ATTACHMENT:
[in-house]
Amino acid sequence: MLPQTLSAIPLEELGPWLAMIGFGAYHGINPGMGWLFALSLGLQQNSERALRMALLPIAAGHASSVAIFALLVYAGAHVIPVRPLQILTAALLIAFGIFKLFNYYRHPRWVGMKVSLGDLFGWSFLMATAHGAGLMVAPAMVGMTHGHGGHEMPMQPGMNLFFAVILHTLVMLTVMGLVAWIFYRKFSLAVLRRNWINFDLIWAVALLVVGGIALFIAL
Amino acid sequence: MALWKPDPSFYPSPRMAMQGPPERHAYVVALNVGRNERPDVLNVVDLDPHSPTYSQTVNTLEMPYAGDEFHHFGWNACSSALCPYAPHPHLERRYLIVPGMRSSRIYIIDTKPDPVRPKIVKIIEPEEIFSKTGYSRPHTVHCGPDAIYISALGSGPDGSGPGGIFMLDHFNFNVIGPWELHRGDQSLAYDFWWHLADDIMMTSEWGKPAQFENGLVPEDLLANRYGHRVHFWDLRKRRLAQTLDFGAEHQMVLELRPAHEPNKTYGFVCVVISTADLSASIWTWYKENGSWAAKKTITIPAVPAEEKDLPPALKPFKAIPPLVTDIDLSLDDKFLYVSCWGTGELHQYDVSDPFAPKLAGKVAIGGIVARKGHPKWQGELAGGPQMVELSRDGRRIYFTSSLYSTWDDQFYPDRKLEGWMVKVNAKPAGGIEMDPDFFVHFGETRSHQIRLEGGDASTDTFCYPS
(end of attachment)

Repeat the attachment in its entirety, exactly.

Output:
[in-house]
Amino acid sequence: MLPQTLSAIPLEELGPWLAMIGFGAYHGINPGMGWLFALSLGLQQNSERALRMALLPIAAGHASSVAIFALLVYAGAHVIPVRPLQILTAALLIAFGIFKLFNYYRHPRWVGMKVSLGDLFGWSFLMATAHGAGLMVAPAMVGMTHGHGGHEMPMQPGMNLFFAVILHTLVMLTVMGLVAWIFYRKFSLAVLRRNWINFDLIWAVALLVVGGIALFIAL
Amino acid sequence: MALWKPDPSFYPSPRMAMQGPPERHAYVVALNVGRNERPDVLNVVDLDPHSPTYSQTVNTLEMPYAGDEFHHFGWNACSSALCPYAPHPHLERRYLIVPGMRSSRIYIIDTKPDPVRPKIVKIIEPEEIFSKTGYSRPHTVHCGPDAIYISALGSGPDGSGPGGIFMLDHFNFNVIGPWELHRGDQSLAYDFWWHLADDIMMTSEWGKPAQFENGLVPEDLLANRYGHRVHFWDLRKRRLAQTLDFGAEHQMVLELRPAHEPNKTYGFVCVVISTADLSASIWTWYKENGSWAAKKTITIPAVPAEEKDLPPALKPFKAIPPLVTDIDLSLDDKFLYVSCWGTGELHQYDVSDPFAPKLAGKVAIGGIVARKGHPKWQGELAGGPQMVELSRDGRRIYFTSSLYSTWDDQFYPDRKLEGWMVKVNAKPAGGIEMDPDFFVHFGETRSHQIRLEGGDASTDTFCYPS